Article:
When Michael Bolton Attacks

Any of you fine folks happen to catch the new Fox show Celebrity Duets last night? Of course you didn't. Because you're not waiting oh-so-patiently for your DirecTV installation date while attempting to entertain yourself with the only three channels you can barely make out through the static of crappy rabbit-ear reception.

I don't want to be accused of overstating here, but I think it's perfectly reasonable to say that Celebrity Duets is the most horrific fucking abomination to ever appear on a television screen. I don't even know where to start with this piece of shit. Oh, wait, yes I do: Michael Fucking Bolton. Did you know Michael Bolton has a new album? Did you know that Michael Bolton's new album is -- are you sitting down for this? Do you have a stiff drink handy? Is there someone nearby you can slap right across the face? -- all covers of Frank Sinatra songs?

Let me just repeat that, in case it didn't quite sink in the first time: Michael Bolton is making an album of Frank Sinatra covers.

Michael Fucking Bolton.

That's right, the same Michael Bolton who once wooed the ladies with songs like "Take A Look at My Face," "Soul Provider," and "Time, Love and Tenderness." The same Michael Bolton whose name alone was enough to prop up an extended joke in Office Space ("I'll be honest, I am a Michael Bolton fan, I truly am. For my money, it doesn't get any better than when he sings 'When a Man Loves a Woman.'").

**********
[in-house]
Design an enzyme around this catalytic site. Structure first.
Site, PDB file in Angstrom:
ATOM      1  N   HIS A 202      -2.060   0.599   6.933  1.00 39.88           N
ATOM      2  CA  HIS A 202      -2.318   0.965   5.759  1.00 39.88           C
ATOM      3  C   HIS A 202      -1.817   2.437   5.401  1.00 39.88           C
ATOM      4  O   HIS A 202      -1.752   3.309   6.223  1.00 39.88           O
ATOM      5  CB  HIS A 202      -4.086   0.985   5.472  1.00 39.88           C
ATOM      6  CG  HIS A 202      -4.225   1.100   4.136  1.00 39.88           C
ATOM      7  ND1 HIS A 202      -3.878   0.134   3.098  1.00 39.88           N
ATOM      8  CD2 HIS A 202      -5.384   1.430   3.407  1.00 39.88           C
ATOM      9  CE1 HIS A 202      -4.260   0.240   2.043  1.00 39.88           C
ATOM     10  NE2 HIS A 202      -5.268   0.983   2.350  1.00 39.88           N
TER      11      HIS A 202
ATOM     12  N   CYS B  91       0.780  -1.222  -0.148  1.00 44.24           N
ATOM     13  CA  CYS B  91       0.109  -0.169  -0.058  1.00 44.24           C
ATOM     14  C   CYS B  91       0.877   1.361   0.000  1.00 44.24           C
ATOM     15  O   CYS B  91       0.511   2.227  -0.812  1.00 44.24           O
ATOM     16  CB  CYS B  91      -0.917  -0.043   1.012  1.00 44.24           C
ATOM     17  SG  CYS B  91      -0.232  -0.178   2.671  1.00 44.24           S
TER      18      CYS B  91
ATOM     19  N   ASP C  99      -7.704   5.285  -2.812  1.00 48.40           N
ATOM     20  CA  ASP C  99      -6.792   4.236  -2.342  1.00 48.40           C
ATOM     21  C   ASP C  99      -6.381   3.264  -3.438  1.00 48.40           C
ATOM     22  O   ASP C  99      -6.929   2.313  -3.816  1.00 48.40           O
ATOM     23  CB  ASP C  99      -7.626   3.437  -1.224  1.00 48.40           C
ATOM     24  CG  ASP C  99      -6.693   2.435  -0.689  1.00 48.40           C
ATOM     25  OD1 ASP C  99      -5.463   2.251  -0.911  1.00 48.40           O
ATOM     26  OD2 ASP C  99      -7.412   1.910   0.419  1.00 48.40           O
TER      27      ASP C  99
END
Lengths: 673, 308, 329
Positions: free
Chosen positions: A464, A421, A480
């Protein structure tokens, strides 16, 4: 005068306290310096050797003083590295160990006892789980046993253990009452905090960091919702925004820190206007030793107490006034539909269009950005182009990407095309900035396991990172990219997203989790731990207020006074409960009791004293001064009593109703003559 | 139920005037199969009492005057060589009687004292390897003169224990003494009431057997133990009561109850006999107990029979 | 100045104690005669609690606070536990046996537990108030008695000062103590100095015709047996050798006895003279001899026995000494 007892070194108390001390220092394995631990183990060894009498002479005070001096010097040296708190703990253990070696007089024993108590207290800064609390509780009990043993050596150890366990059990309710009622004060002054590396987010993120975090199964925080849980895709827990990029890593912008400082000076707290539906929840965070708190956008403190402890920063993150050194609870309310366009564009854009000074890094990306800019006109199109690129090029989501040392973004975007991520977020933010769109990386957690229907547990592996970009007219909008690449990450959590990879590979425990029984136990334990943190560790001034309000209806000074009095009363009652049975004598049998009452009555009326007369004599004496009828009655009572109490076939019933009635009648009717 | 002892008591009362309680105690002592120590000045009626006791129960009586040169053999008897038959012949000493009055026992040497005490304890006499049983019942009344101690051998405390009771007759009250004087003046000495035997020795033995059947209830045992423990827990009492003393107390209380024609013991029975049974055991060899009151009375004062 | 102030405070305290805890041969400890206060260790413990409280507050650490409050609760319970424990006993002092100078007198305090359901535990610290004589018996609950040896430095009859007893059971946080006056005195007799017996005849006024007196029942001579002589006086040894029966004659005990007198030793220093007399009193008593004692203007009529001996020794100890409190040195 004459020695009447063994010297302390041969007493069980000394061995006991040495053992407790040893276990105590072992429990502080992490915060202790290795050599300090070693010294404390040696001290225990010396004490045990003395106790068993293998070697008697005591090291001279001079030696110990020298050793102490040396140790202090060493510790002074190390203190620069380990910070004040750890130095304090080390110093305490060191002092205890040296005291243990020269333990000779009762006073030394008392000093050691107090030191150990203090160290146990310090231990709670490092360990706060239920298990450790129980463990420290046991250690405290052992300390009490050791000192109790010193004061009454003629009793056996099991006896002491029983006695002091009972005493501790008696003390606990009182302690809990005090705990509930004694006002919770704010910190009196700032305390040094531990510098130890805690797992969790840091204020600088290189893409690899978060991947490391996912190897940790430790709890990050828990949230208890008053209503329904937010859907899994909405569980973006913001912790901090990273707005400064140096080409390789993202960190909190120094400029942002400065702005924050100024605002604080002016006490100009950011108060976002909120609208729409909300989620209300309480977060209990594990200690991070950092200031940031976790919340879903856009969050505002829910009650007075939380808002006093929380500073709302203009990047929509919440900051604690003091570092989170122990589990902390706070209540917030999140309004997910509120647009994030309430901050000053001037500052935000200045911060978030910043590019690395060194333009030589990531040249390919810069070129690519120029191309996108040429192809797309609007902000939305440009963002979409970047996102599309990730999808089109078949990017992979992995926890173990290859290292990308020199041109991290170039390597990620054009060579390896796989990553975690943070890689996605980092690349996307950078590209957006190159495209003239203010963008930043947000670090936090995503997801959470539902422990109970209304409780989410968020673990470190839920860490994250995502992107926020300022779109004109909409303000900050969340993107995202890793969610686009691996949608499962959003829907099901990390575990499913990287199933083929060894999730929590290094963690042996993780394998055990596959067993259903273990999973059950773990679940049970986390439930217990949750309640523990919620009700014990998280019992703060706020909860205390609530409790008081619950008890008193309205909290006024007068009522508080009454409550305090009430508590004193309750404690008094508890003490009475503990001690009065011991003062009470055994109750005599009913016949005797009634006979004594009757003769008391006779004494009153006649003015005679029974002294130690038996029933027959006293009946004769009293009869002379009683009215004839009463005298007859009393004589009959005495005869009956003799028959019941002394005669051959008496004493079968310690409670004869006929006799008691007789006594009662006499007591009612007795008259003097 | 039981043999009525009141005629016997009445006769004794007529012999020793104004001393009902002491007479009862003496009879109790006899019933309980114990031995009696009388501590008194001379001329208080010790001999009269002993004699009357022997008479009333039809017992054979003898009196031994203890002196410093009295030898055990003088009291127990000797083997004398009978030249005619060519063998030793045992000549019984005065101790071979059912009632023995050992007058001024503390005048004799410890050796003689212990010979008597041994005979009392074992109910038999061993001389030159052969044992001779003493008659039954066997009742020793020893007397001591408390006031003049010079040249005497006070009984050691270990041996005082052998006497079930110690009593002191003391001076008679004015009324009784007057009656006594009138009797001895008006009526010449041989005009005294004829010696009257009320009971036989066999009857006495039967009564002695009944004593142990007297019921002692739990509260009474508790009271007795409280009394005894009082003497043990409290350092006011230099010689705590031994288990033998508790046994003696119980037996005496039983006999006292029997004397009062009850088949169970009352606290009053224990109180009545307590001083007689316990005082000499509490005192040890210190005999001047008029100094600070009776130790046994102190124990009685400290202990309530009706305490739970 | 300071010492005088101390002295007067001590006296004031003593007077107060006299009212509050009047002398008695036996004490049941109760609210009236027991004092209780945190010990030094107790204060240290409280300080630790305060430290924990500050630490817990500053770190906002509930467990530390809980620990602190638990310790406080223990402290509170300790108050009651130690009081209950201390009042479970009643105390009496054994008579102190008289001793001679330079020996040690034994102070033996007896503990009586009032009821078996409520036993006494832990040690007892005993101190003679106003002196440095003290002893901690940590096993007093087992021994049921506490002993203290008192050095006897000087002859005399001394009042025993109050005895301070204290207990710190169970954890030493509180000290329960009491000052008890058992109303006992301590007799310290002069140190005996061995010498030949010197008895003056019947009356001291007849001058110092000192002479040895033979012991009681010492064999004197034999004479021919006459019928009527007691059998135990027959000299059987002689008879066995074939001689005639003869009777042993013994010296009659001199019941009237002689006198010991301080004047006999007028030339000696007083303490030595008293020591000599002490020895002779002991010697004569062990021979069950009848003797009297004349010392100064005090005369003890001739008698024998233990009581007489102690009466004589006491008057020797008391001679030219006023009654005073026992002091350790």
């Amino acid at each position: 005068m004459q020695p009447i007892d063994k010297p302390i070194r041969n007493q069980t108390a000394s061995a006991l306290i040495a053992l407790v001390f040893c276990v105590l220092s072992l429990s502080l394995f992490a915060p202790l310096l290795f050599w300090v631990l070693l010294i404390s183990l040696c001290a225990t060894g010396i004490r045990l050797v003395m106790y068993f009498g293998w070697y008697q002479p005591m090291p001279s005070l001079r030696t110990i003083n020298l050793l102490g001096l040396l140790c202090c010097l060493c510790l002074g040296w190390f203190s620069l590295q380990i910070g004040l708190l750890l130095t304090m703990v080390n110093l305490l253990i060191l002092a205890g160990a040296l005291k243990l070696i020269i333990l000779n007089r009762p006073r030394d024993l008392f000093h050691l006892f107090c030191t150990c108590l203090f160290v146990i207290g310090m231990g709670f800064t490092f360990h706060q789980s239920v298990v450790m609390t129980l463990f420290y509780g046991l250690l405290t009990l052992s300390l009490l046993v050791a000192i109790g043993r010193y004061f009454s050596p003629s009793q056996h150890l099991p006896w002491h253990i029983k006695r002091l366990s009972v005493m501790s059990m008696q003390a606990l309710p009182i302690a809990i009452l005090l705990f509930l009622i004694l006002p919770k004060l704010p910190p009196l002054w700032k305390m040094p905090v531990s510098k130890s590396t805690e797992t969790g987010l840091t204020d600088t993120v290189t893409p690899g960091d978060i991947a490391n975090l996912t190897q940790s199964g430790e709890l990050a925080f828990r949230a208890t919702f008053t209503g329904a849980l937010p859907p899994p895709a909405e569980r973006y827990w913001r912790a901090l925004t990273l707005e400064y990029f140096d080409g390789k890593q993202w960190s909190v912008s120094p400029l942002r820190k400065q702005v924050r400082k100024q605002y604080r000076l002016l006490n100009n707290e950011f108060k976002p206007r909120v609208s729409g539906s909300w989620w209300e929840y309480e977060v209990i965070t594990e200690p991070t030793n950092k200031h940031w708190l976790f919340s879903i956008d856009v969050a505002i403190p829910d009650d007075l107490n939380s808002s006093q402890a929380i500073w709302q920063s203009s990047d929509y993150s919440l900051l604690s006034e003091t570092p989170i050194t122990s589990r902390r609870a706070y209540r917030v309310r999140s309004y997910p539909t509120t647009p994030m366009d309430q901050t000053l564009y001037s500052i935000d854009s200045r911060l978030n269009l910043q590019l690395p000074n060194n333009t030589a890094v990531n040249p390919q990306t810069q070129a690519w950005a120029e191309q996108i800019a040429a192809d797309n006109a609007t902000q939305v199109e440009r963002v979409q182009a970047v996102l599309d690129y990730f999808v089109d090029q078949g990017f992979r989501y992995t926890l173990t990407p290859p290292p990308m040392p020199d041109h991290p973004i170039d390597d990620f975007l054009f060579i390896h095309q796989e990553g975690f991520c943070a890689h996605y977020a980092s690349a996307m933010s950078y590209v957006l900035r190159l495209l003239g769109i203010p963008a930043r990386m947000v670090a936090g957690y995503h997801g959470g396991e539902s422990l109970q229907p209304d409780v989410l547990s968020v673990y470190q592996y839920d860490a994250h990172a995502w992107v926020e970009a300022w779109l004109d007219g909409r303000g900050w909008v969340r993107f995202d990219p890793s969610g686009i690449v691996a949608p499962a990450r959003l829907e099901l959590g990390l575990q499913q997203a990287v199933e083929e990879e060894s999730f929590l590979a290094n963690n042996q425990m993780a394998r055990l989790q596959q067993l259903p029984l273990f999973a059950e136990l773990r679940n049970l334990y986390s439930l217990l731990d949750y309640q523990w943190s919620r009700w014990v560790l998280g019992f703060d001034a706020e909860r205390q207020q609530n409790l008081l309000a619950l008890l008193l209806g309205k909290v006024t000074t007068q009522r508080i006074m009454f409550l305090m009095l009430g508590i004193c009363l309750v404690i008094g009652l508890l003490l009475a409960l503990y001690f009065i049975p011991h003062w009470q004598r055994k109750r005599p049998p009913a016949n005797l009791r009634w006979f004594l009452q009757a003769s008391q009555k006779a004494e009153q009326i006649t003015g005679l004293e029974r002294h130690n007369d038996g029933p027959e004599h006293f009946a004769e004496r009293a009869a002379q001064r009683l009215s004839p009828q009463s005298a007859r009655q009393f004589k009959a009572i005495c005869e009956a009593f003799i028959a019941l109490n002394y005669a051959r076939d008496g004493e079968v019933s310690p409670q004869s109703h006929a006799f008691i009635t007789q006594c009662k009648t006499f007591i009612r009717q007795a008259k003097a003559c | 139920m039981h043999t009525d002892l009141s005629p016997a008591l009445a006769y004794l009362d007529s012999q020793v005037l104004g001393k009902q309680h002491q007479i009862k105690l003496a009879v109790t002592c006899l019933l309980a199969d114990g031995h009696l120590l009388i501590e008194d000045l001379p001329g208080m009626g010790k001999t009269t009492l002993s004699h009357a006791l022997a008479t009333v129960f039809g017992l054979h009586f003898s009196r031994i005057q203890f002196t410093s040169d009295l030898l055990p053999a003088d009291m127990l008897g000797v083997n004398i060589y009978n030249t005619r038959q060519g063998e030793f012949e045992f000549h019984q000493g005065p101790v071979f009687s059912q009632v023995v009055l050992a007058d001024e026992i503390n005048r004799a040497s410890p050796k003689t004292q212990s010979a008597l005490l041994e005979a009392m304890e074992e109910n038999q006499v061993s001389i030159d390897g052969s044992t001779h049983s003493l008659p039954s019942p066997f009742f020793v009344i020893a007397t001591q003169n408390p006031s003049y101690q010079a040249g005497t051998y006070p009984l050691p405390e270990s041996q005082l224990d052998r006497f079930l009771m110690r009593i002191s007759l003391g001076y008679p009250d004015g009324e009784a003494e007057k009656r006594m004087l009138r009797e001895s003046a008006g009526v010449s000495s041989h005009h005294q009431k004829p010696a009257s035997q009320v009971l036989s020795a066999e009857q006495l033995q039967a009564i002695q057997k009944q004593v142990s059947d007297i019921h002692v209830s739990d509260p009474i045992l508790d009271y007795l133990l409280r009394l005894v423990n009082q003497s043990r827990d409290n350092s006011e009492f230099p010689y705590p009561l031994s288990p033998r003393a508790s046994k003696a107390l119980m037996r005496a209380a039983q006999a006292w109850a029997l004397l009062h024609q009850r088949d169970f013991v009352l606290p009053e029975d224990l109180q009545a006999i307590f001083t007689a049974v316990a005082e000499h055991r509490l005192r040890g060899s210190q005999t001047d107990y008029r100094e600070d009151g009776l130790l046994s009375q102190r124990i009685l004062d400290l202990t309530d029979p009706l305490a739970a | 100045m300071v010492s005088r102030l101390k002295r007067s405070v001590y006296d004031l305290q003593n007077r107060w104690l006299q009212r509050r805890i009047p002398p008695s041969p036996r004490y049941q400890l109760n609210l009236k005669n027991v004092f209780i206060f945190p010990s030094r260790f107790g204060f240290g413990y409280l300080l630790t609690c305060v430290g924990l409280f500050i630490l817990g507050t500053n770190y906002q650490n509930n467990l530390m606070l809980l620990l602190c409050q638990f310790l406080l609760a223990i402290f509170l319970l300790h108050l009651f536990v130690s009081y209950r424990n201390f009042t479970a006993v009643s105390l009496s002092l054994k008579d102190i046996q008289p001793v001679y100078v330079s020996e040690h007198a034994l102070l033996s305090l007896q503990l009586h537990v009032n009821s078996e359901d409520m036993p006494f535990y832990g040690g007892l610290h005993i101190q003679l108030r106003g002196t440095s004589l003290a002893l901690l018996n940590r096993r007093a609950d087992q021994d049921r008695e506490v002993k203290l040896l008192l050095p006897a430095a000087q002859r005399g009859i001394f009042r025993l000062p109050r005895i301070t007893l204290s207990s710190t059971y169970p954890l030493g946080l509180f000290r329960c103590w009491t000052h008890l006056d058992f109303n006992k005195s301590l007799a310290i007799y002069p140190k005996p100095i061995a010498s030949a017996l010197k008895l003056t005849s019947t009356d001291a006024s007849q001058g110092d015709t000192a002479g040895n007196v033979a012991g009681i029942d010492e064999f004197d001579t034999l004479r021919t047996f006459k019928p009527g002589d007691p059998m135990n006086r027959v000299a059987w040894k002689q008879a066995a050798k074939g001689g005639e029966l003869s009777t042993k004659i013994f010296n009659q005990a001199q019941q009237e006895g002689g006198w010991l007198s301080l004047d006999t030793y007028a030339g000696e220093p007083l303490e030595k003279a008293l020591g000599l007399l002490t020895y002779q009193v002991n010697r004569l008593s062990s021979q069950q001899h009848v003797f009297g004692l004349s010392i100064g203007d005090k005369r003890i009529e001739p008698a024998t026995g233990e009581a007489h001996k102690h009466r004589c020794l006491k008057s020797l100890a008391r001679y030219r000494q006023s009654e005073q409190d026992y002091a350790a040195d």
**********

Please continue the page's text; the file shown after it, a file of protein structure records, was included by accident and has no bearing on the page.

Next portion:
You see, for most schlock artists, it would be enough to completely desecrate the work of Otis Redding ("Sitting on the Dock of the Bay"), the Jackson 5 ("I'll Be There"), and Sam Cooke ("Bring It On Home to Me"). But not Michael Fucking Bolton. No, he's got to feed that Hubris Machine. Really the only way this could turn out well is if Ol' Blue Eyes himself rose from the dead, tossed back a couple of Scotches and kicked Michael Bolton square in the fucking nuts.

No such luck last night on Celebrity Duets. Instead, audiences were treated to Bolton and Lucy Lawless doing "Time, Love and Tenderness," then Bolton pairing with Lorraine McFly (Leah Thompson) to butcher Sinatra's "That's Life." Then everyone in the studio audience stuffed cotton balls into their ears to keep the blood from pooling in the aisles.

The strangest thing about the show was that they got some legitimate talents to show up -- most notably Gladys Knight and Smokey Robinson. Also, Peter Frampton, which was just ... well, strange. I kept expecting him to break out the voice box thingy from Frampton Comes Alive, but no such luck. Randy Travis also made an appearance, which was kind of random, plus Michelle Williams of (apparently) Destiny's Child.

Oh, and James Ingram. I actually kinda have a soft spot for James Ingram, partly because of the last name, and partly because he really does have a good voice, even if his particular brand of super-smooth R&B lite is both schmaltzy and easy to confuse with the super-smooth R&B lite of several other similar singers. Last night he sang "Somewhere Out There," but with gymnast Carly Patterson in the Linda Ronstadt role. And I was transported back to my 7th grade cafetorium, where I stood leaning against a folded-up lunch table and wished I weren't such a wuss about asking girls to dance.

Incidentally, I think something is seriously wrong with Carly Patterson, because she managed to gain twenty pounds between her first performance last night and her second. We really need to get a team of doctors on this before she explodes.

And speaking of something wrong, Little Richard is completely insane. Which, actually, is the only reason to even consider tuning into this program. That and the promise of a guest appearance by Kenny Loggins.

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